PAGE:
In a vain effort to try to stimulate the economy, the Obama administration reportedly wants to dump more money into school construction, even though “K-12 facilities spending” is “up 150 percent in two decades,” including monumentally wasteful spending such as the $578 million spent on L.A.’s RFK high school. Obama also wants to dump more money into “K-12 employment” that “has been growing 10 times faster than enrollment for forty years.” In so doing, President Obama has turned a deaf ear to experts who say it makes no sense to increase education spending further. (Much federal education spending is wasted, like the $130,000 in stimulus money spent on a book that demonized white people and promoted racial stereotypes.)
Most education spending does not qualify as a “stimulus,” since it has no short-term economic payoff, and thus can’t jump-start the economy. During the Great Depression, President Roosevelt, a pioneer of “stimulus” spending, actually cut federal education spending, as historian Gordon Lloyd has noted. (See Gordon Lloyd, The Two Faces of Liberalism: How the Hoover-Roosevelt Debate Shapes the 21st Century (2006).) While Roosevelt spent lots of money on other things, and spent more than any other President before him, even the big-spending Roosevelt realized that education spending does nothing to end recessions, and does not jump-start the economy, even if it might be helpful to the economy in the long-run. The Obama administration does not have a clue about how to revive the economy. It claimed that Obama’s $800 billion stimulus package would deliver a short-run “jolt” that would quickly lift the economy, but unemployment rose very rapidly after its passage, and it destroyed thousands of jobs in America’s export sector and elsewhere while outsourcing thousands of energy jobs to foreign countries like China.
Today, infinitely more money is spent on education than was spent on education in President Roosevelt’s day, and a vastly higher percentage of it is wasted, so cutting education spending would be good for America over both the short run and the long run. “Over the last few decades,” education spending “per student has nearly tripled” in inflation-adjusted terms “while test scores at the end of high school are flat.” Cutting education spending would help the economy by redirecting money that is currently wasted on useless degree programs, diploma mills, and ideological fads to more productive sectors of the economy that are currently starved for cash. It would also result in some young people getting a useful job rather than wasting years getting a government-subsidized degree in a useless college major (thanks to an educational arms race for credentials fueled by government subsidies, 5,057 janitors now have advanced degrees like Ph.D’s; 317,000 waiters and waitresses have liberal arts degrees; and”17,000,000 Americans with college degrees are doing jobs that . . . require less than the skill levels associated with a bachelor’s degree.” Due to credential inflation, the “master’s degree has become the new bachelor’s degree,” serving as the entry-level degree in some occupations that once didn’t even require a college degree).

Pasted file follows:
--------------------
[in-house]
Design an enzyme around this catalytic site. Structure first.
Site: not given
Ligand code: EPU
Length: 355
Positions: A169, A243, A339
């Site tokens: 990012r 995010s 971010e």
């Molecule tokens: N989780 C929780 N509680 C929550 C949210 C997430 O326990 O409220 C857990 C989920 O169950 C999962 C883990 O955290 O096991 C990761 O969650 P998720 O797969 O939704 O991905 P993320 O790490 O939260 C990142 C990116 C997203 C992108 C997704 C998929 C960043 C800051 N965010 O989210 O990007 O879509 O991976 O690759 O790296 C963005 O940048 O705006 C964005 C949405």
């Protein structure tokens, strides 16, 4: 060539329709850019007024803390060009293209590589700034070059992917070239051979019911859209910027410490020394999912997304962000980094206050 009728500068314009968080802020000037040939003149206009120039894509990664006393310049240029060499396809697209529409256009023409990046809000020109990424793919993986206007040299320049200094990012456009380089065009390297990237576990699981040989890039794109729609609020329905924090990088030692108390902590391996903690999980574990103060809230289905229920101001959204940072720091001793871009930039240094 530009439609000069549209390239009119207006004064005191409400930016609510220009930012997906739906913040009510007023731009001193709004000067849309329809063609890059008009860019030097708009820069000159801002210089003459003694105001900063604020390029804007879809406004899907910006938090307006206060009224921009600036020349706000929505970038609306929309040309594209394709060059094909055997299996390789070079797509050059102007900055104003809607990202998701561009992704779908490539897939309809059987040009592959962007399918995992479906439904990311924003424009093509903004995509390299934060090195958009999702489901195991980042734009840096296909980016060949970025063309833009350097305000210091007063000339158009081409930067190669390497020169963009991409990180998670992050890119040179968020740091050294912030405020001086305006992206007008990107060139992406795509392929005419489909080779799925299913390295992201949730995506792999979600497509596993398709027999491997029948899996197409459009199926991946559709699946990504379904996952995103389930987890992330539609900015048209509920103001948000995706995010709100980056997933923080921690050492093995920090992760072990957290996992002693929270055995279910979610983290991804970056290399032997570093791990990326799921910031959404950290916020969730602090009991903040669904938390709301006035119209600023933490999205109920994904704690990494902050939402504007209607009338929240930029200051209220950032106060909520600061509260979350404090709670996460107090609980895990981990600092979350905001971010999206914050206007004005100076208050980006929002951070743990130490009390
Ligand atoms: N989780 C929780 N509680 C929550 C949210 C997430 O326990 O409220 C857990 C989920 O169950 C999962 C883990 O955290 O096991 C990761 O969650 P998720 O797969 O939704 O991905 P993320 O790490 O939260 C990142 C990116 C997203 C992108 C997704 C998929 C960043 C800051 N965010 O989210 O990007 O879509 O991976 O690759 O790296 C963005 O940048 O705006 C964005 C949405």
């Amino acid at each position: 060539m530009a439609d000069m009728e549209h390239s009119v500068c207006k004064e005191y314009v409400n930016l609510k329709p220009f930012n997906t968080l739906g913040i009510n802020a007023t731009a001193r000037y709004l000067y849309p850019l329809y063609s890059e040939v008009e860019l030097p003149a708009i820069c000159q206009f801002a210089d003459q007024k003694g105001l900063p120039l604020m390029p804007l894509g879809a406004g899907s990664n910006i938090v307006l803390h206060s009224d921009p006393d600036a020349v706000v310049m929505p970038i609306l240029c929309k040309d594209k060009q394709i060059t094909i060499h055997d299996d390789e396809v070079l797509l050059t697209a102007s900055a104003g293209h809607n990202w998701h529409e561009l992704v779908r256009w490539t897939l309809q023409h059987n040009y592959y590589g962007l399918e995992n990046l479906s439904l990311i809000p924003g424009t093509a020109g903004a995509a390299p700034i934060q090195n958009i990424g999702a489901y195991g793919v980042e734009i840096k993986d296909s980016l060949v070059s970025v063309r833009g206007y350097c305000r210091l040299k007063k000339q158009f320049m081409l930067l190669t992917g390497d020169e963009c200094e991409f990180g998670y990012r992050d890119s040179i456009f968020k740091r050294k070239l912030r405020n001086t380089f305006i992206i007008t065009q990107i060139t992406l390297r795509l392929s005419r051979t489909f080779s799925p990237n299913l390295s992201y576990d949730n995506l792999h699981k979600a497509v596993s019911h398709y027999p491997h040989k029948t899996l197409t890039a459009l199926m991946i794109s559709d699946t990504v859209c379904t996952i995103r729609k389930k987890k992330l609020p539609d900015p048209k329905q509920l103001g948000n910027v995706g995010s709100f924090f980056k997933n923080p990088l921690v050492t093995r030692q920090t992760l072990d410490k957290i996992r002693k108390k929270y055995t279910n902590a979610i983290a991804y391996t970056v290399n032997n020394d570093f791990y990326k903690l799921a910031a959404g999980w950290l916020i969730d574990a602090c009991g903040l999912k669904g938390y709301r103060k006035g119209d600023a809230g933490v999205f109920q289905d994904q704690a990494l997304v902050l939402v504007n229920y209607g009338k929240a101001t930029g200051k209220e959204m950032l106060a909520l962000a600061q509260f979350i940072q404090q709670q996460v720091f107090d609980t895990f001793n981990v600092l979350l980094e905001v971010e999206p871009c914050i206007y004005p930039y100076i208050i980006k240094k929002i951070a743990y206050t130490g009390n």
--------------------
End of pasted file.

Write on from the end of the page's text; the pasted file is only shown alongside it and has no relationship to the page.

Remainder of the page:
College students seem to learn less and less each year: 36 percent of college graduates learn little or nothing, many courses require little reading, and today’s students spend “50% less time studying compared with students a few decades ago.”
Some colleges seem to focus on anything other than learning — like their obsession with “diversity.” Earlier, I wrote about college students selling sex to pay for their inflated tuitions. Now, there’s another way to use your sex life or fantasies (real or imaginary) to pay for your tuition: Elmhurst College is now asking students if “you consider yourself a member of the LGBT (lesbian, gay, bisexual, transgendered) community?”; if you answer yes, you may qualify for a scholarship designed to promote “diversity.” (Some state colleges in California have advertised sexual-orientation-based scholarships for gays as well, which appears to violate the California state constitution’s equal-protection clause, which applies strict scrutiny to sexual-orientation-based classifications (see In re Marriage Cases (2008)), and treats discrimination as presumptively unconstitutional even when it is against the majority rather than the minority (see Connerly v. State Personnel Board (2001).)
The University of California claims to have cut spending “to the bone,” but it is expanding spending on its vast “diversity” apparatus:
The University of California at San Diego, for example, is creating a new full-time “vice chancellor for equity, diversity, and inclusion.” This position would augment UC San Diego’s already massive diversity apparatus, which includes the Chancellor’s Diversity Office, the associate vice chancellor for faculty equity, the assistant vice chancellor for diversity, the faculty equity advisors, the graduate diversity coordinators, the staff diversity liaison, the undergraduate student diversity liaison, the graduate student diversity liaison, the chief diversity officer, the director of development for diversity initiatives, the Office of Academic Diversity and Equal Opportunity, the Committee on Gender Identity and Sexual Orientation Issues, the Committee on the Status of Women, the Campus Council on Climate, Culture and Inclusion, the Diversity Council, and the directors of the Cross-Cultural Center, the Lesbian Gay Bisexual Transgender Resource Center, and the Women’s Center.